The 1980s and the years afterwards witnessed Bowie becoming involved in the making of new music in an increasingly sporadic fashion. In 1981 he teamed up with Queen for the one-off single release “Under Pressure.” The song proved to be a hit, rocketing up to number one in the UK. Two years later Let’s Dance (co-produced by Chic’s Nile Rodgers) came out and spawned three hit singles—the title cut, “Modern Love,” and “China Girl.” Bowie duetted with Mick Jagger on “Dancing in the Street” in 1985; the single quickly went to number one upon its release. Tin Machine, a hard-rocking quartet, represented Bowie’s misguided effort to capitalize upon the public’s demand for music with a more pronounced sonic edge. He scrapped plans for a second album with the group and returned to performing his early songs during the seven-month Sound+Vision Tour in 1991. Honors Bowie received during this period included induction into the Rock and Roll Hall of Fame in 1996 and a Grammy Lifetime Achievement Award in 2006. His final two albums, The Next Day and Blackstar were released in 2013 and 2016 respectively. They both got glowing reviews from the critics and proved to be hits with the record-buying public. “Where Are We Now?” from The Next Day debuted in the UK Singles Chart at No. 6, while sales of Blackstar have gone off the charts with Bowie’s death.
Bowie appeared in a number of movies throughout his primary career as a musician. Bowie’s first major role in a film came in The Man Who Fell to Earth (1976); he garnered perhaps the most complimentary reviews of the entire time he spent in cinema. The Hunger (1983) featured him in a revisionist vampire film with Catherine Deneuve and Susan Sarandon, Merry Christmas, Mr. Lawrence (1983) saw the singer portraying a prisoner of war in a Japanese internment camp, The Last Temptation of Christ (1988) had as one of its highlights Bowie playing the role of Pontius Pilate in Martin Scorsese’s controversial cinematic endeavor, and The Prestige (2006), one of Christopher Nolan’s first films, included the rocker giving a solid effort as physicist Nikola Tesla.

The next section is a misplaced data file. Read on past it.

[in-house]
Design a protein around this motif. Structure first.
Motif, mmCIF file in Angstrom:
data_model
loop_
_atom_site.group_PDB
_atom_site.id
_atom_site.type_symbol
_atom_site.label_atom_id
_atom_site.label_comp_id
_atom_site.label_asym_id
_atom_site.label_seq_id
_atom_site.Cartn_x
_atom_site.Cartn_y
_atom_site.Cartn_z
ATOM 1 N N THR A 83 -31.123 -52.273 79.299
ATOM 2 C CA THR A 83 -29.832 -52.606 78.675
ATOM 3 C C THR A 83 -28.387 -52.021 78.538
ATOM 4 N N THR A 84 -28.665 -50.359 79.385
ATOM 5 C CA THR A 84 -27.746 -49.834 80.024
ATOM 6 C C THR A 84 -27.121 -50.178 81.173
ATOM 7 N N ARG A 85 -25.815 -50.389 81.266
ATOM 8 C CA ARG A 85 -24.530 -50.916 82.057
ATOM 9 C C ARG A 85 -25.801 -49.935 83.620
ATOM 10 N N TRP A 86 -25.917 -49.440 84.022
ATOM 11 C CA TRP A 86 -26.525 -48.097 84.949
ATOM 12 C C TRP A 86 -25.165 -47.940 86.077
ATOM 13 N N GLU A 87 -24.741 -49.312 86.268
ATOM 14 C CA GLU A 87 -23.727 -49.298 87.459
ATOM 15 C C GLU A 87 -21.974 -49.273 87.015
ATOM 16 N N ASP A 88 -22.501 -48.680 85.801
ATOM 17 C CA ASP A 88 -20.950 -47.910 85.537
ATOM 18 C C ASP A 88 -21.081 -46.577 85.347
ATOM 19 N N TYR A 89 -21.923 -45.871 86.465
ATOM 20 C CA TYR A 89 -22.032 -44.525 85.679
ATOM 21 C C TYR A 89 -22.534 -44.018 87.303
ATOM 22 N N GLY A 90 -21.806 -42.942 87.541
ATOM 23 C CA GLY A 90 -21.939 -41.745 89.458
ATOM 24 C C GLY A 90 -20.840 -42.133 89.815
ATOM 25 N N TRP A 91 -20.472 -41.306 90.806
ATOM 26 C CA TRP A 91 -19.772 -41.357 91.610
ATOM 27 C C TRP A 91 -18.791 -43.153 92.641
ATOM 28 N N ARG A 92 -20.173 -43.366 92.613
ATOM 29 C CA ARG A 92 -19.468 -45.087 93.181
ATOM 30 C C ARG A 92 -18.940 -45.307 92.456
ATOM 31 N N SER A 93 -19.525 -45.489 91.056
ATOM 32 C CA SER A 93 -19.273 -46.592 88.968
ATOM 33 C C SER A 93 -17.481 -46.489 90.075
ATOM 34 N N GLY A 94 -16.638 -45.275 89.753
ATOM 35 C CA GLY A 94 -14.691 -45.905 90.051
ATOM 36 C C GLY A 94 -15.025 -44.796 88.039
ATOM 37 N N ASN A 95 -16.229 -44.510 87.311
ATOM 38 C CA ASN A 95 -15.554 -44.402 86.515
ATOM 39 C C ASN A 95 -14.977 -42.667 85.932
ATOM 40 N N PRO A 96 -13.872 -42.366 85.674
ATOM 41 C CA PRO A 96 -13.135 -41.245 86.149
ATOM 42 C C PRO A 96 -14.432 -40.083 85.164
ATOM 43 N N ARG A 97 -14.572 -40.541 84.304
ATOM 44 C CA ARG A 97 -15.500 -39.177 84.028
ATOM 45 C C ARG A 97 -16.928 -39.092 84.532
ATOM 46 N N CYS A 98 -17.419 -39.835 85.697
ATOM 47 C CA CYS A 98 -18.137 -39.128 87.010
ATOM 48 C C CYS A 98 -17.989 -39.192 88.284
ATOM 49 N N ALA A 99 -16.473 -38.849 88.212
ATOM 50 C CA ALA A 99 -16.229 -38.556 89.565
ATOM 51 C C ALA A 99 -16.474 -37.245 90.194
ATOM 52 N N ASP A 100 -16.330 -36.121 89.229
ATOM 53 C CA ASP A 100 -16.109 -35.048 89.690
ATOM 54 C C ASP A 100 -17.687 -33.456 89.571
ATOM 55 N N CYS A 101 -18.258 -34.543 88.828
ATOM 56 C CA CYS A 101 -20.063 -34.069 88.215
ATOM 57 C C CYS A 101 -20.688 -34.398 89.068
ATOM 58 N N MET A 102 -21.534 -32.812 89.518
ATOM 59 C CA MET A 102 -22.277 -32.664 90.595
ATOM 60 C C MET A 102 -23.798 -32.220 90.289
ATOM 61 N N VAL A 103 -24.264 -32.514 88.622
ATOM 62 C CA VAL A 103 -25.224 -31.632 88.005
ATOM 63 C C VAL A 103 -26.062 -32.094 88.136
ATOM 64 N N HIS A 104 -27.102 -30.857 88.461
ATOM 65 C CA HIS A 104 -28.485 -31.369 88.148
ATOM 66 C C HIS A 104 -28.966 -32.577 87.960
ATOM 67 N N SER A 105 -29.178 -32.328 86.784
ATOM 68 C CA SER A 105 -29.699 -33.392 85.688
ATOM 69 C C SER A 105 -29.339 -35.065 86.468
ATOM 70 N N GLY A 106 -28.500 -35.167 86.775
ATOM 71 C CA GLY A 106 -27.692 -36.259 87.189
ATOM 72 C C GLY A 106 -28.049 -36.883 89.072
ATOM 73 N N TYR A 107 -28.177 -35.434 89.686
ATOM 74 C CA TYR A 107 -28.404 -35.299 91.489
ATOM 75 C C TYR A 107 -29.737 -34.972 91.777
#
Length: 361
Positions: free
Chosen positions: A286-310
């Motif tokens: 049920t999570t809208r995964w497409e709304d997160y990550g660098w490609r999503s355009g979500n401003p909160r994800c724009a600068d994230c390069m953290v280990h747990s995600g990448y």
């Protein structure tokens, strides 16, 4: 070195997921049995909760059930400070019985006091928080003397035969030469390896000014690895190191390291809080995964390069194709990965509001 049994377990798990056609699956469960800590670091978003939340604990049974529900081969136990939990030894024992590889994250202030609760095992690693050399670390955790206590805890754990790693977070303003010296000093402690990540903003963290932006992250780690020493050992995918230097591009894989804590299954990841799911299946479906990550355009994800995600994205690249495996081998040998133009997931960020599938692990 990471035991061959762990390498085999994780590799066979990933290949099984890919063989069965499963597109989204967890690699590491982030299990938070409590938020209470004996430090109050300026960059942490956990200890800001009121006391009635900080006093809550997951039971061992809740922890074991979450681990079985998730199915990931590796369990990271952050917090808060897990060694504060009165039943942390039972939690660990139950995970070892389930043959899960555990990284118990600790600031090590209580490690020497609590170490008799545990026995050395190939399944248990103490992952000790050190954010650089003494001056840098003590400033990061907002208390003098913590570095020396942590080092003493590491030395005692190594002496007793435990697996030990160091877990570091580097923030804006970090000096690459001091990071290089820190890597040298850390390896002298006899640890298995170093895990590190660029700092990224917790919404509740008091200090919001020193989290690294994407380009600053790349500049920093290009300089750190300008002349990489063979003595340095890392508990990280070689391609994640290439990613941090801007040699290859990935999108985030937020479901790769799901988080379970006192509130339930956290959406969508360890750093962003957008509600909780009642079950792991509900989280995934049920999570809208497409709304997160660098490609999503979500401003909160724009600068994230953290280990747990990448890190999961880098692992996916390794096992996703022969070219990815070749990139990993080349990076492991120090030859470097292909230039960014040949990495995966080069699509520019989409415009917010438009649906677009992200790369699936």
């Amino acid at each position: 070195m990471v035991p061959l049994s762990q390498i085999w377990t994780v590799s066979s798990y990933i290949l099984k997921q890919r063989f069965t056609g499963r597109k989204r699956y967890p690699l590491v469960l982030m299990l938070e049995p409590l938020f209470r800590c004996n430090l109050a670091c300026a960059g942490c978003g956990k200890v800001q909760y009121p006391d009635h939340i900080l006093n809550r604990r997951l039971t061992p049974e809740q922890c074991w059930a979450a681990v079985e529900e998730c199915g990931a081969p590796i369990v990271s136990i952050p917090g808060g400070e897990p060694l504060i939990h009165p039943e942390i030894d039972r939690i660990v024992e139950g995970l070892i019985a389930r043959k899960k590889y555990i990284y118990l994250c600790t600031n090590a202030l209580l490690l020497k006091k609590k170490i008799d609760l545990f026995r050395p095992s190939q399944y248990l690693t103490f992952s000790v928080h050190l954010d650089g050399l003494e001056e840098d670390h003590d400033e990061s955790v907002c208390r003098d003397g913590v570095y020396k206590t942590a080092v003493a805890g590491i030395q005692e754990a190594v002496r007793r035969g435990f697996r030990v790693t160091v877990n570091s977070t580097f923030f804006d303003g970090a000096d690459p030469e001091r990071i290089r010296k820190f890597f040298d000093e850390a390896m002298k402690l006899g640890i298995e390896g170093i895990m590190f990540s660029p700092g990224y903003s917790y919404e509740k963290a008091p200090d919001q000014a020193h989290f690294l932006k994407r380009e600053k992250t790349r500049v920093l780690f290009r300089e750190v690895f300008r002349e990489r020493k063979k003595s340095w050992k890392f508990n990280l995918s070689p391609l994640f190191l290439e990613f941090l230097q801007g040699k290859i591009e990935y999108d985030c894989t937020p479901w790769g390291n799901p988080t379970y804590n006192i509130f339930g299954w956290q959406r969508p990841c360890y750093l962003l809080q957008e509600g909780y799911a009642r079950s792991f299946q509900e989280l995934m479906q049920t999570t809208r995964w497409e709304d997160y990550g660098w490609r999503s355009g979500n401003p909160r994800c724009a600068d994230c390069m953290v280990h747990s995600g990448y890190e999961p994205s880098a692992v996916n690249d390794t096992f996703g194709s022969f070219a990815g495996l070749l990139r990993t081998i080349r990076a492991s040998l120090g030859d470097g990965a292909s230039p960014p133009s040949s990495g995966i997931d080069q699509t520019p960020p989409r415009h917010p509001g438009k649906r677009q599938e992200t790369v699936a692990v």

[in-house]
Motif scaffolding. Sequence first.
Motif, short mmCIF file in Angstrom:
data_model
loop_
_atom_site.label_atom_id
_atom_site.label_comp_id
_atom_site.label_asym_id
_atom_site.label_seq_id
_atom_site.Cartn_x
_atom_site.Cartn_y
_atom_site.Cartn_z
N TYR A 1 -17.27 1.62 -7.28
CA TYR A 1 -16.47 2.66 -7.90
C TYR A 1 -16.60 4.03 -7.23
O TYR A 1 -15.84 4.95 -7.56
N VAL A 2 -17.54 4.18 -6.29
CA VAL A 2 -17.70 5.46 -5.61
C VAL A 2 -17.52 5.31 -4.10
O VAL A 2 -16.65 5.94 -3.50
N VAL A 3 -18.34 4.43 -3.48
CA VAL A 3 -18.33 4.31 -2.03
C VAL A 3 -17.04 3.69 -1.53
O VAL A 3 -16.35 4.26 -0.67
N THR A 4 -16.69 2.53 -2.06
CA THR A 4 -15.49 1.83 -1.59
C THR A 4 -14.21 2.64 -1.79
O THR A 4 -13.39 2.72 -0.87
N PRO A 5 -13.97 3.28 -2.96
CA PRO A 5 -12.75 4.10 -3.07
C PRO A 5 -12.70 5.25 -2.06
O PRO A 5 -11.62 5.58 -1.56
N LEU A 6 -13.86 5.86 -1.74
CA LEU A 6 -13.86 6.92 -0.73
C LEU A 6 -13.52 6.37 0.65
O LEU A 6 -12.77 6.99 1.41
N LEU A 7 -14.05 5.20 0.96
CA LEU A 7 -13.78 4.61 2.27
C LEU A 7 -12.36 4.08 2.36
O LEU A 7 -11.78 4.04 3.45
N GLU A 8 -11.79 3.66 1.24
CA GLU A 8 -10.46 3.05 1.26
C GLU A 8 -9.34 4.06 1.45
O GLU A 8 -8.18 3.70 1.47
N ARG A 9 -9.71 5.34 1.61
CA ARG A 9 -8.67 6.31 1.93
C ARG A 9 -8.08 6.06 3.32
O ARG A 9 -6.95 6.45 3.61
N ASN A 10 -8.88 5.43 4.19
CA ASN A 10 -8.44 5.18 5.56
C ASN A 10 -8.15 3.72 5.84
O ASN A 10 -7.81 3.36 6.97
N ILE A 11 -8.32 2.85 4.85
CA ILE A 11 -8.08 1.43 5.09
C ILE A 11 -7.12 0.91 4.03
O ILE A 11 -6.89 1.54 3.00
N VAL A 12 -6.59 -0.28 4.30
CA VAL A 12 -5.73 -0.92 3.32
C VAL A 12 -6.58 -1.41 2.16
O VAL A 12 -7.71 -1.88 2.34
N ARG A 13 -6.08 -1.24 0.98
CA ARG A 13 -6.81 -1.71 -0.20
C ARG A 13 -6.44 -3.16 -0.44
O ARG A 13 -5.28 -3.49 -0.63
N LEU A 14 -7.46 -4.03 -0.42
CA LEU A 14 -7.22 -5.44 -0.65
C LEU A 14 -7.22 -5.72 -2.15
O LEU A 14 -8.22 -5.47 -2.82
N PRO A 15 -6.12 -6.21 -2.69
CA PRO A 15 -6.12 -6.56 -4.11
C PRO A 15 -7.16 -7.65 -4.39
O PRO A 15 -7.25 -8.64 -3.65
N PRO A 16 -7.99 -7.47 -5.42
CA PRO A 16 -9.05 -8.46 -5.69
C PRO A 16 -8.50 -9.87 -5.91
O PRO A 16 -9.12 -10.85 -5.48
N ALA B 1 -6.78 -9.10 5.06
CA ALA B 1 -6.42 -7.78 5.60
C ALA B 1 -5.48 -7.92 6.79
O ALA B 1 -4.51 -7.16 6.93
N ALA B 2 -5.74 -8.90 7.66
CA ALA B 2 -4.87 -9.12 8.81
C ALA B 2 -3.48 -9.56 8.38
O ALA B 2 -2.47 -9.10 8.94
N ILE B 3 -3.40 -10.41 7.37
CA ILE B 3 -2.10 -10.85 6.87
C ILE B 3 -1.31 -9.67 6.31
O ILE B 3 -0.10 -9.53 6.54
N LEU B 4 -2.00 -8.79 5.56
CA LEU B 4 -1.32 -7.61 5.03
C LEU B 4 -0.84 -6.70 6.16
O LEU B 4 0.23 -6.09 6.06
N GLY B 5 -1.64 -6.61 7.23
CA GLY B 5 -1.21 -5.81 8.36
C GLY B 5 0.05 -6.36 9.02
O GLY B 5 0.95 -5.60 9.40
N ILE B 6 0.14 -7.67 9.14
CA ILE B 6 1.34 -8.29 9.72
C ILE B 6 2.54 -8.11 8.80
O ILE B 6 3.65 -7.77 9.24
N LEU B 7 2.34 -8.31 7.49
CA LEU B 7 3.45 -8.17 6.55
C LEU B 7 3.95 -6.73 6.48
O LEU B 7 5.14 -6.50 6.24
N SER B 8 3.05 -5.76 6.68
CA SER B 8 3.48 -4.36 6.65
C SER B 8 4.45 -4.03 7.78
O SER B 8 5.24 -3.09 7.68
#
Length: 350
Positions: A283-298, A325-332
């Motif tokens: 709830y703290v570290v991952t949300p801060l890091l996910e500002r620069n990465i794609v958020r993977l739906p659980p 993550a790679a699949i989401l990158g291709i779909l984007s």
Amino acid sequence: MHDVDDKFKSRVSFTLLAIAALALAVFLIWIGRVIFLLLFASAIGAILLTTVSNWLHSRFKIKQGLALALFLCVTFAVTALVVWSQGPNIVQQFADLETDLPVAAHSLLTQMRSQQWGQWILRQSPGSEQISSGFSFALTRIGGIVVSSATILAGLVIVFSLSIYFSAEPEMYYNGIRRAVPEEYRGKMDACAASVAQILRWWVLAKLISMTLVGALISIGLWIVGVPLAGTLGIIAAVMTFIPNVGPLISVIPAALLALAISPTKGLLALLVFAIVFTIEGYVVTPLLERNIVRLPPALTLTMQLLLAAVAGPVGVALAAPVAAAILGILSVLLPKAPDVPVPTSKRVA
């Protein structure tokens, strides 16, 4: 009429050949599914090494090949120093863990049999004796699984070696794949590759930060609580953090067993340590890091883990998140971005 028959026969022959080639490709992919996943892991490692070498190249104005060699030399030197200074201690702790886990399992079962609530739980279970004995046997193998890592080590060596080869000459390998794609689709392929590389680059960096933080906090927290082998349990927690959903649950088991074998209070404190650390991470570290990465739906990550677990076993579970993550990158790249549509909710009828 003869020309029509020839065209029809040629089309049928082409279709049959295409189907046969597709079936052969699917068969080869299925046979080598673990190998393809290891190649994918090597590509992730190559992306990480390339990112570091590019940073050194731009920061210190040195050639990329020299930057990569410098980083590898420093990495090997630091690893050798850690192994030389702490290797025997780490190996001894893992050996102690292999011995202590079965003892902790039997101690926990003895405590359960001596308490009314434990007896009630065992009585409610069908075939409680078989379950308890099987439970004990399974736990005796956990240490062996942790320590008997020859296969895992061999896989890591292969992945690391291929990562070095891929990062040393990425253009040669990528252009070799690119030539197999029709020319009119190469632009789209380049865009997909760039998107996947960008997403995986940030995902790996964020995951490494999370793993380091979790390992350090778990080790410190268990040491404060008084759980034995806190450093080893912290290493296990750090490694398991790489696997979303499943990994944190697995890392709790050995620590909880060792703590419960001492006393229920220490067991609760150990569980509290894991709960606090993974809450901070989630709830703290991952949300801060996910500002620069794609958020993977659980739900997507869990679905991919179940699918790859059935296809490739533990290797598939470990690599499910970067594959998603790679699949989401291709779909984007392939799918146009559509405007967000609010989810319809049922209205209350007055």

The personal life of Bowie was dominated by two lengthy marriages. He married Mary Angela Barnett on March 19, 1970; he divorced her ten years later. On April 24, 1992, Bowie married Somali-American model Iman in a private ceremony in Lausanne, Switzerland. She clearly was the love of his life; he has famously asserted that it was love at first sight for him when he looked into her eyes. Bowie had one child by each marriage; Duncan, a son, by his first wife and Alexandria “Lexi” Zahra Jones, a daughter, by Iman.
With the passing of Bowie, the internet was overwhelmed with all manner of tributes from celebrities in every phase of the entertainment business. Perhaps the two most heartfelt of these testaments came from Iggy Pop and Mick Jagger, fellow rock stars who Bowie had collaborated with on an extensive basis. Bowie produced four of Pop’s most prominent albums. Pop tweeted, “David’s friendship was the light of my life. I never met such a brilliant person. He was the best there is.” Jagger, a close personal friend and a frequent musical partner, tweeted, “David was always an inspiration to me and a true original. He was wonderfully shameless in his work; we had so many good times together. He was my friend. I will never forget him.”
There are three photos concerning President Clinton and David Bowie. The event pictured here took place on October 6, 1995, when Bowie and members of his band visited the President in the Outer Oval Office. The first photo shows Clinton and Bowie shaking hands; the second photo shows Clinton and Bowie engaged in conversation while the other two people present (members of Bowie’s band) watch. The third and final photo finds Bowie by himself in the Oval Office engaged in wistful contemplation.